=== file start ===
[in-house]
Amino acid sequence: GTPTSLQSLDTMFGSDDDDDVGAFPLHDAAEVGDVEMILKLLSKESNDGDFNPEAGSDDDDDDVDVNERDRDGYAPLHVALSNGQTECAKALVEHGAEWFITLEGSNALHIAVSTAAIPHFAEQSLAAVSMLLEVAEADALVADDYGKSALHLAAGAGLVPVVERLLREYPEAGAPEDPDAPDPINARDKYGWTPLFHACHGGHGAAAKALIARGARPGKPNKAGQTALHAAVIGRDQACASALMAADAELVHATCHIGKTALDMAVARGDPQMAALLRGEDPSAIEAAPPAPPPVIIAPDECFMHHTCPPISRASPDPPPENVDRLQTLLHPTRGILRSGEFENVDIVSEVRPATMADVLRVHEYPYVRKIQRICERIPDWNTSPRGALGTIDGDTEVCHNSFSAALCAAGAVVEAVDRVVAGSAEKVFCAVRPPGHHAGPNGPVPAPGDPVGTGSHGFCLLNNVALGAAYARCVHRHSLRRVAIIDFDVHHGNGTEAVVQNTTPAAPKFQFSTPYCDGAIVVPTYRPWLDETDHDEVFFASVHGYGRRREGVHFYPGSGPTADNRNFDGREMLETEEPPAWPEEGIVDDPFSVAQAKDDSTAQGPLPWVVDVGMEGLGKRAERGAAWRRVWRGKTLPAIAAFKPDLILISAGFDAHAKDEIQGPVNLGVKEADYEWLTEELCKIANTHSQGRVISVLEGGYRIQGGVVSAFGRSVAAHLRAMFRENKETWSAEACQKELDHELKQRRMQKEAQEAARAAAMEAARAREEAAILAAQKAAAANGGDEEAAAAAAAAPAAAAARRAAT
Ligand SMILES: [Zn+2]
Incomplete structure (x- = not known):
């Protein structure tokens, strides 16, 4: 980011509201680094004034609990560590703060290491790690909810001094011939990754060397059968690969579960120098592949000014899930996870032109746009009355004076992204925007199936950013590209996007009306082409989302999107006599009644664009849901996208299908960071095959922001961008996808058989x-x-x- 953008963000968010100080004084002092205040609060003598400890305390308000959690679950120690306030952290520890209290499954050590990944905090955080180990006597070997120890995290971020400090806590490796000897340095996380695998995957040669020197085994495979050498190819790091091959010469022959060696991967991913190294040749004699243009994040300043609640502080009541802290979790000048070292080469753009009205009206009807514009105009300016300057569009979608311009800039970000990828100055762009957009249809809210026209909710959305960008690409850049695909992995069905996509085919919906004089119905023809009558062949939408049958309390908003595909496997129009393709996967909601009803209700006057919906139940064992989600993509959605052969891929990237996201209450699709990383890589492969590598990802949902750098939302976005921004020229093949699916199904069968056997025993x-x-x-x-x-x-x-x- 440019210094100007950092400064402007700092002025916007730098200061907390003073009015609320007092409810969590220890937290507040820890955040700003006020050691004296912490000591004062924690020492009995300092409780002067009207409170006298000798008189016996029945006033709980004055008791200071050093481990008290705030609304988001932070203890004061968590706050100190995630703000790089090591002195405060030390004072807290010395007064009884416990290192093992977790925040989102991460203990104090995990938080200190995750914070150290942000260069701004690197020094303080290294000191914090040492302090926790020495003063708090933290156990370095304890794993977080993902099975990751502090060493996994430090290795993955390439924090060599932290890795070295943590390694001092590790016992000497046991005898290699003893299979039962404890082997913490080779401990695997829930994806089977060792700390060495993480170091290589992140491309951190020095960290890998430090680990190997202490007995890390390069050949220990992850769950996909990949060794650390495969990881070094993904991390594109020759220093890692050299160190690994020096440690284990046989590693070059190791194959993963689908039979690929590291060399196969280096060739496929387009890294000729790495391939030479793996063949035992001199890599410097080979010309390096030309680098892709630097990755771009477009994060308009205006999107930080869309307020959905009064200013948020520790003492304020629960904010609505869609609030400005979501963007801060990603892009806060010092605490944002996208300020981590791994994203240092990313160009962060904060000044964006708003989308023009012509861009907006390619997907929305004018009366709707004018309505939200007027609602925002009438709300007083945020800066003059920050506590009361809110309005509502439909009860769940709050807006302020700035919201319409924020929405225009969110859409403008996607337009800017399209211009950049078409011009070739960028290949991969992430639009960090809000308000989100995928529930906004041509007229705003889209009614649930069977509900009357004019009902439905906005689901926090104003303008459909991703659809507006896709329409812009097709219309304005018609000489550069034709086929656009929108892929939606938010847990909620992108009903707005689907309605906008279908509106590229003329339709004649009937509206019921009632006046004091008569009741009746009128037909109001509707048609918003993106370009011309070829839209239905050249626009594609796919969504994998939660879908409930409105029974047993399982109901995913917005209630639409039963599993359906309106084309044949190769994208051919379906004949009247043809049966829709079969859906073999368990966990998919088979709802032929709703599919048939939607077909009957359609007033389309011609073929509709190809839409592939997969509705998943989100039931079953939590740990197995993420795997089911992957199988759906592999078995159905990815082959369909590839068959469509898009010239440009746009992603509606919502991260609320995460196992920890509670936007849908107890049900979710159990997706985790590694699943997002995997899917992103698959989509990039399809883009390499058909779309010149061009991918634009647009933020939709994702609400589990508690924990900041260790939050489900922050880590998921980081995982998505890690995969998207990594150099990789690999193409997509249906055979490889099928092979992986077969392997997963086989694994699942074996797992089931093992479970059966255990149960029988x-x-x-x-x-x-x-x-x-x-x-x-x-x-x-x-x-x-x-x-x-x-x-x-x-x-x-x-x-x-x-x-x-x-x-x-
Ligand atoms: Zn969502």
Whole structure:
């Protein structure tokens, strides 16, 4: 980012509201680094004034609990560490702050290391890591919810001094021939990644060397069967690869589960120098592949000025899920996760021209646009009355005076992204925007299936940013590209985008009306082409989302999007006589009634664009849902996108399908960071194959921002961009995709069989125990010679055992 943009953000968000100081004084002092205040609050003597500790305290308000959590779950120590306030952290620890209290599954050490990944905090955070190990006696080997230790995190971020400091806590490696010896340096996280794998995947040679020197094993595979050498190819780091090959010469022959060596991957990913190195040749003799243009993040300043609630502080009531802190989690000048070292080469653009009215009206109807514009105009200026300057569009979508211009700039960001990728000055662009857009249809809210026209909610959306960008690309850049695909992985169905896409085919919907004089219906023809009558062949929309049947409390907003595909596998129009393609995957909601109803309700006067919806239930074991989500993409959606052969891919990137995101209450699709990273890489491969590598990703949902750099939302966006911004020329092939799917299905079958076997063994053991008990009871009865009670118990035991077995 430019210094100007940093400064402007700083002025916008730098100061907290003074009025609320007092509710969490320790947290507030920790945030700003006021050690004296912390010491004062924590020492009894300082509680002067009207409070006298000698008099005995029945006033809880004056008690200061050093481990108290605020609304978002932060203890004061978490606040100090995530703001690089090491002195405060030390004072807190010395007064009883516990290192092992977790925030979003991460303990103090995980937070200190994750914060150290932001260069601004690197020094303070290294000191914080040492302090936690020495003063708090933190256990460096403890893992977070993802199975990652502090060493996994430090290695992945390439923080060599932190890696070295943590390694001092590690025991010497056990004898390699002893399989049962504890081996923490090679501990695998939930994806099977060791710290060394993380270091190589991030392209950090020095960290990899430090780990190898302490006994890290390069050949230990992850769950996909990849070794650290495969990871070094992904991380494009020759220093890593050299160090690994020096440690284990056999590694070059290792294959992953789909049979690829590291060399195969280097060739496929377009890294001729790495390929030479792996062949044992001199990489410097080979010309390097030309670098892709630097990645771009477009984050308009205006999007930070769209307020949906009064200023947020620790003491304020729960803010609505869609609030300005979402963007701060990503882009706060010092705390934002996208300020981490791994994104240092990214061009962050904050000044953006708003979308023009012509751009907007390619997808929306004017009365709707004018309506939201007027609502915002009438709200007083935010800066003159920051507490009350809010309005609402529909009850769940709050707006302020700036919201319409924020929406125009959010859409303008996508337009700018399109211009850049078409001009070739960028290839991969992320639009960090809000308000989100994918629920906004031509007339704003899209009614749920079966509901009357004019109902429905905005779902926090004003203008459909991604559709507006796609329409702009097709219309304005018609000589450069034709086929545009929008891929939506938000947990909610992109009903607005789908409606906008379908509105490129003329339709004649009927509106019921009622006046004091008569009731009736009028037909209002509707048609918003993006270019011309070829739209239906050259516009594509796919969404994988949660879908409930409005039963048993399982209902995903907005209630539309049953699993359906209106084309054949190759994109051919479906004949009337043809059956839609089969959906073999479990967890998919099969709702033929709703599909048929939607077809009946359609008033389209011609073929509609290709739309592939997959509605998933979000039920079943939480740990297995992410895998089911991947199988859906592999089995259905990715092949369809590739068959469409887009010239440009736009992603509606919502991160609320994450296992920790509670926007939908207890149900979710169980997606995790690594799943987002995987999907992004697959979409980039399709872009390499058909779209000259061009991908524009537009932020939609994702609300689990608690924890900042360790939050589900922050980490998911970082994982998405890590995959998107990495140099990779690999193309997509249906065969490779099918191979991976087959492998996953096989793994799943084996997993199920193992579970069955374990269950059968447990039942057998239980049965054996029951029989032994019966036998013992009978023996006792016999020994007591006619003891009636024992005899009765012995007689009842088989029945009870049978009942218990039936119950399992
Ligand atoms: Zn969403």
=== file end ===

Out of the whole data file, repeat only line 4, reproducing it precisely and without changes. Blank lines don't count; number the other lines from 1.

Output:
Incomplete structure (x- = not known):